A player who could have just come to Goodison Park to play out the last year or two of his career, earn a few quid then bail? A player looking to get a decent deal and play the odd game? A player hoping to just coast his way to retirement and finish his career with a whimper? A player looking to move down the league and take things easy?
Or a player with a point to prove? A player hungry to show he still has it? A player still in the reckoning for his country and a player who still wants to mix it with the big boys of the Premier League? A player who can still dominate games and dictate tempo at the highest level? A player who has won league titles and still harbours ambition?
Gareth Barry is all of the latter and much, much more.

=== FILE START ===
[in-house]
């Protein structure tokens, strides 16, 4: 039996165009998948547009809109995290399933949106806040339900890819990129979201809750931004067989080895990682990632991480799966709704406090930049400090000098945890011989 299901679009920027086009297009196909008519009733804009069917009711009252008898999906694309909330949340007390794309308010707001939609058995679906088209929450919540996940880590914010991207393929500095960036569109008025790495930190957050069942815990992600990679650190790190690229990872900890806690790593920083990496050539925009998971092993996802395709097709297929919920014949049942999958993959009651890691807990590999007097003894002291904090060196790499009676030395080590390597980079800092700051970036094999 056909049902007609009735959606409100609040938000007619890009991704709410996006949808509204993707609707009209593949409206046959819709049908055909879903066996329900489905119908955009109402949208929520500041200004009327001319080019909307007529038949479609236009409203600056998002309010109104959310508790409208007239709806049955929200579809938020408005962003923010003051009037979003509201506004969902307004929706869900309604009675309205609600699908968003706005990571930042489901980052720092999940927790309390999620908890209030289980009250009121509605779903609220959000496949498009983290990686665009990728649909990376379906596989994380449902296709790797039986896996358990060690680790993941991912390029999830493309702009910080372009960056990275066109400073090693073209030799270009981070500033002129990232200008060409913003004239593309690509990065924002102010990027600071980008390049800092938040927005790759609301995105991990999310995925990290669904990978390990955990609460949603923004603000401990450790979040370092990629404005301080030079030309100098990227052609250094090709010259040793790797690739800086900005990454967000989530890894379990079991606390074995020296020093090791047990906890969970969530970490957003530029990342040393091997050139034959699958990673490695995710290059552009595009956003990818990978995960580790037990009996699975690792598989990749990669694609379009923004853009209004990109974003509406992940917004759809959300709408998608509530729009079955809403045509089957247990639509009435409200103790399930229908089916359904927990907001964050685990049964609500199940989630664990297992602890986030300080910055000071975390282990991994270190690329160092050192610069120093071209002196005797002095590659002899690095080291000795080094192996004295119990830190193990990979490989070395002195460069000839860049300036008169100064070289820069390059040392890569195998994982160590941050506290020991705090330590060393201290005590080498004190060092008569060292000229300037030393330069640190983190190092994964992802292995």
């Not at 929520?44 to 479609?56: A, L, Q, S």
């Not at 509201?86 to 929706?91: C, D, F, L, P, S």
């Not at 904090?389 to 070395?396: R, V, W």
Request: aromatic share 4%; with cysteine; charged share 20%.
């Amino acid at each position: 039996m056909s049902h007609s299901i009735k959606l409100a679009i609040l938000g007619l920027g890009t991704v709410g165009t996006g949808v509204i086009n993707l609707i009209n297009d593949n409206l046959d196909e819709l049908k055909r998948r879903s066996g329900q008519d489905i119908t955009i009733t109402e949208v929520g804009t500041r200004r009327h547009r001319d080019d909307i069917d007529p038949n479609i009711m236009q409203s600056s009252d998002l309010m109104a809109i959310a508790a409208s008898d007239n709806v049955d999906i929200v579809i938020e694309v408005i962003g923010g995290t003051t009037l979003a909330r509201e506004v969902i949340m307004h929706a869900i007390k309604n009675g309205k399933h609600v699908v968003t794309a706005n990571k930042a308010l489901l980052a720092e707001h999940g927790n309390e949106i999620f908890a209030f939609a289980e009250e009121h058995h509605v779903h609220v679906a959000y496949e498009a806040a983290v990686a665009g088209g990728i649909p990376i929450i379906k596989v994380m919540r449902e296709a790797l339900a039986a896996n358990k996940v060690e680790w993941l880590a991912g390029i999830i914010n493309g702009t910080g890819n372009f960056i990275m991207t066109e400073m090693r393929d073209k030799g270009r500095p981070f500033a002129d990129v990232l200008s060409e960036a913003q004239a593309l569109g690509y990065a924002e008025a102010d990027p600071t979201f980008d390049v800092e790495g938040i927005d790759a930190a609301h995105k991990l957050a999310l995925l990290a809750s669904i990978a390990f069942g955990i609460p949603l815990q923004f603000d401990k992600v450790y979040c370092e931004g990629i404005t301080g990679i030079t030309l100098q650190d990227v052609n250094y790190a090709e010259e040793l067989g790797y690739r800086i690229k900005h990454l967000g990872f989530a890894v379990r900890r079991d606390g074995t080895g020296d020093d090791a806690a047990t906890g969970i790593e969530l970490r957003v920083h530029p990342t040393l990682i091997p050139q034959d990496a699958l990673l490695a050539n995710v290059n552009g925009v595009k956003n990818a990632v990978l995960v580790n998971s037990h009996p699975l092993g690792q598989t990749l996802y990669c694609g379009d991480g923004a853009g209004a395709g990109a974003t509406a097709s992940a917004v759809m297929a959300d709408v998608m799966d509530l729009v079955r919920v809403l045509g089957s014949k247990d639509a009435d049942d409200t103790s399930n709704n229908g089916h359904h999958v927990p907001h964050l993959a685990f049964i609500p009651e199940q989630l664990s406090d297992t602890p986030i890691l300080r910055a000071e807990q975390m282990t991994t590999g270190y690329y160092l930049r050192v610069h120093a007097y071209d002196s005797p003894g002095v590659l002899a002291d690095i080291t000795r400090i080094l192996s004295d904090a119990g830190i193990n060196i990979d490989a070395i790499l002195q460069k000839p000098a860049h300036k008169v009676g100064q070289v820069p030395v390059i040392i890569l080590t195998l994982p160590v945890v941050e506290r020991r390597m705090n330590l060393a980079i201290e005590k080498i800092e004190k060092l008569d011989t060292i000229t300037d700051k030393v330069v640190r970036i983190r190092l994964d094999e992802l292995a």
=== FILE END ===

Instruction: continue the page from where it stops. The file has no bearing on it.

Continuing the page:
Birth Place: England
|Gareth Barry: 2013/14 Season Stats|
|Yellow cards||9||Red cards||0|
|Passes (successful)||1853||Passes (forward)||830|
|Passes (in opposition half)||1166||Free kicks taken||0|
|Shots on target||6||Key passes||36|
|Fouls Against||43||Shots off target||8|
|Own goals||0||Fouls commited||50|
“He could be Man of the Match in every game this season” – Me Dad quoted as saying during the game against United on Easter Sunday. You couldn’t really argue with him, could you?
We got ‘out-possessioned’ in that particular recent fixture but did that make Barry less effective? Not at all. Our new-found fluidity is based around calmness in possession, an assured confidence with the ball and an ability to be patient and wear the opposition down. Barry’s game is modelled on all of the above and together with his midfield partner James McCarthy, they boss games and dictate the run of play. At times this season Barry has received the ball off Howard and acted as the third centre back, as Jags, Distin or Stones move wider to create the space for Baines and Coleman to push on, and Barry plays that role so effectively and brilliantly it has been such a benefit to Roberto’s ideology and vision for this new-look, expressive Everton team.